Your First Peloton Ride: What to Expect (COVID Update)

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Get prepared for your first Peloton ride (and be ready to drink the kool-aid). In June 2019, I wrote a review of the Peloton bike. My conclusion was that it was not worth the money and I would not buy one. WOW have things changed!

In a COVID world, a Peloton bike was absolutely worth it to me, and I am so incredibly happy I got one.

I’m updating my thoughts on Peloton, and providing some additional insights after having had the bike for 7 weeks and completing 50 classes.

Find me on the leaderboard as moorebalanced!

The Basics

With Peloton, riders can choose from live classes or one of the past live classes.  Peloton a really large variety of options. On my first Peloton ride, I was surprised by not only how many classes there were available, but how many people were doing the pre-recorded class I chose at the same time as me. Even knowing how popular Peloton is, I didn’t expect about 35 members riding the same ride as me. Peloton has a huge user base, even larger than I expected.

While Peloton is best known for their at-home cycling programs, they also have running (outdoor and treadmill), walking, cardio, bootcamp, strength, yoga, meditation, and stretching programs.  The strength classes are between 5 and 30 minutes, with a lot in the 10-20 minute range.  I have done the yoga, meditation, and stretching classes, and they’ve all had excellent options.

When choosing a class, riders can filter by length, class type, instructor, and music genre.  It will take some trial and error to figure out which class type and instructors you really vibe with. Peloton offers a quiz to figure out which classes you might like best, and it’s worth taking while you wait for your Peloton to arrive.

There are 3 ways I access the classes: the bike’s touchscreen, the Peloton iPhone app, and the Peloton app on Roku. The bike has a better search option where you can type in a search term instead of the filtering menus, so I can search for my EDM, disco, and tabata classes easily. From the bike I can also screen mirror to other devices that support Miracast (like my Roku and LG smart TV). A benefit of screen mirroring versus using the native Roku app is you can leverage the search functionality on your bike to choose your class with the bike.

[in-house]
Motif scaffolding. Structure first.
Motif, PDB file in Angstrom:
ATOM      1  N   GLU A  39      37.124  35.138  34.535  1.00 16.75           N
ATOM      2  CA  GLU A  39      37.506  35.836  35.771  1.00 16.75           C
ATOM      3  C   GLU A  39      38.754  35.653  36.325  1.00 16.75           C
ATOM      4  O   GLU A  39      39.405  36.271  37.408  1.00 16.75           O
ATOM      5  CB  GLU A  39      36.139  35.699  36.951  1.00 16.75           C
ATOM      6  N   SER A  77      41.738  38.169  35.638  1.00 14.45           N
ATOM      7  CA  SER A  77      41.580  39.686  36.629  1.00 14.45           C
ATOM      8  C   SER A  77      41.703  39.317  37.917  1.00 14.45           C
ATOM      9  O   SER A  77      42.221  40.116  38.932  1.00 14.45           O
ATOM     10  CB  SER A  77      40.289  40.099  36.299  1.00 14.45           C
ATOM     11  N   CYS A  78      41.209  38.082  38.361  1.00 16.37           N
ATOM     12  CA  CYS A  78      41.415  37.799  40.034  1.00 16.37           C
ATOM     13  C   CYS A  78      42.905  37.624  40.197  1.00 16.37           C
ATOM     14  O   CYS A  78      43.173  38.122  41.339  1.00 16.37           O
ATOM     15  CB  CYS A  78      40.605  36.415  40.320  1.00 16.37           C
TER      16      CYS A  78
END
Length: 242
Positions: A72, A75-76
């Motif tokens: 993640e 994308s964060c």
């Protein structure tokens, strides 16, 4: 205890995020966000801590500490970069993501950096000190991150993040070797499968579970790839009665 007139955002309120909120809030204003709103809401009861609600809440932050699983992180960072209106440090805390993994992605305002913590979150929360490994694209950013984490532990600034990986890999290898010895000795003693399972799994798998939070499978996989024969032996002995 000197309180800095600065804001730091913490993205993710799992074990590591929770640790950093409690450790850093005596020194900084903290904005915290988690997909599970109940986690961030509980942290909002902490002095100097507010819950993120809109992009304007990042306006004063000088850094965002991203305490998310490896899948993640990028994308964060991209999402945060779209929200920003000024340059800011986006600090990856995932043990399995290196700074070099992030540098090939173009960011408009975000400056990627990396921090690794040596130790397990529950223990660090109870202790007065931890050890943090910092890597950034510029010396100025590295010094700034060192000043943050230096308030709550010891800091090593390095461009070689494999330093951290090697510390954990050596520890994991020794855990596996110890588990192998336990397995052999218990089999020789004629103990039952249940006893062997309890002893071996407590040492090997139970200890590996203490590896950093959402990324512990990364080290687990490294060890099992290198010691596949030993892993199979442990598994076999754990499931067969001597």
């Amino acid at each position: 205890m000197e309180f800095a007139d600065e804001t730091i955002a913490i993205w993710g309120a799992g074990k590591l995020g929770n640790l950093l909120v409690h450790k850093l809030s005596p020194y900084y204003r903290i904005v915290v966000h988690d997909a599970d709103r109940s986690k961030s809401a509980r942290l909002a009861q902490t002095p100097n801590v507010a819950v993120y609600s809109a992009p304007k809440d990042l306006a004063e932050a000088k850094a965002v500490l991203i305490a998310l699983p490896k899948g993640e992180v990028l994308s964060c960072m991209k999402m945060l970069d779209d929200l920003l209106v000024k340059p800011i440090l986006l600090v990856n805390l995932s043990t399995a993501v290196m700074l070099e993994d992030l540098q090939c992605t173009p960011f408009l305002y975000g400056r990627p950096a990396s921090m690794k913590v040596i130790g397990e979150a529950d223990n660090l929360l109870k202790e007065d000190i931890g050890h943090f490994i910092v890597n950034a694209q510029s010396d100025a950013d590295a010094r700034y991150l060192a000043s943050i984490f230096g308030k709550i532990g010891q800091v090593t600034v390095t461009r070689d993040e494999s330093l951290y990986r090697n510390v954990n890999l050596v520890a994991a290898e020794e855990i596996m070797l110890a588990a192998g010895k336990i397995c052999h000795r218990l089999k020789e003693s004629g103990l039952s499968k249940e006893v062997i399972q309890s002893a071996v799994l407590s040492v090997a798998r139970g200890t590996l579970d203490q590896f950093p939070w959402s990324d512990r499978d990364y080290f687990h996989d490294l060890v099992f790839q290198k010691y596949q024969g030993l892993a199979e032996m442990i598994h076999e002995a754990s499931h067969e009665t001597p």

While I can filter by class type (beginner, metrics, pro cyclist, low impact, power zone, intervals, heart rate zone, rhythm, live DJ, climb, theme, or groove), if I go to a random class, it’s not clear which filter category it’s a part of.  For instance, a 45 min Pop Ride with Denis Morton I took is just described as “We dare you not to dance through this pop music theme ride focusing on all the best from the pop music charts,” and listed some artists that were played. There’s nothing indicating how I should filter to find similar rides, but you’ll get a better idea through trial and error.

Looking for more details on the classes? Jump down to the Peloton Bike Classes section!

The Peloton Delivery

Scheduling Your Peloton Delivery

After you place your order, you can schedule your delivery. To my knowledge, there’s not a way to see available delivery slots before you order, though you may be able to call to see what they currently are. I hate how they do this but understand why they do this. From the customer perspective, though, you’re so excited for your bike and hoping you’ll get it soon, only to find out it will be 8 weeks later.

When I ordered mine on May 3, 2020, I was able to schedule a delivery on June 20 (7 weeks later). Over the summer, I’ve had friends who had to wait 8 weeks. A friend who purchased her bike at the end of July got a delivery 9 weeks later, while a friend who purchased a few days later got a delivery date within 4 weeks. You can call Peloton to see if there are any available delivery slots that are earlier. I don’t think they like you doing this, but they don’t automatically move your delivery earlier if a spot opens up, so it’s fair game.

My initial delivery did not happen, and I was not happy about it. On my delivery day, I checked my emails in the morning just to make sure there weren’t any changes to the delivery, and I looked to be in the clear. I waited waited waited, and then once I was nearing the end of my delivery window, checked my email again and saw that they had to cancel my delivery. The good news is that by the time I had seen their email, they had already rescheduled it to 3 days later.

In my case, they gave me a $250 credit towards my payment for the inconvenience. Getting an 11% discount for waiting 3 days helped heal it some…but not completely. It sounds completely materialistic, but having this bike coming was one thing that really kept me going during isolation. I was looking forward to it so much, and then I couldn’t even have that go right. I was devastated, and then I was devastated that something like having to wait 3 days for my luxury exercise equipment would devastate me so much.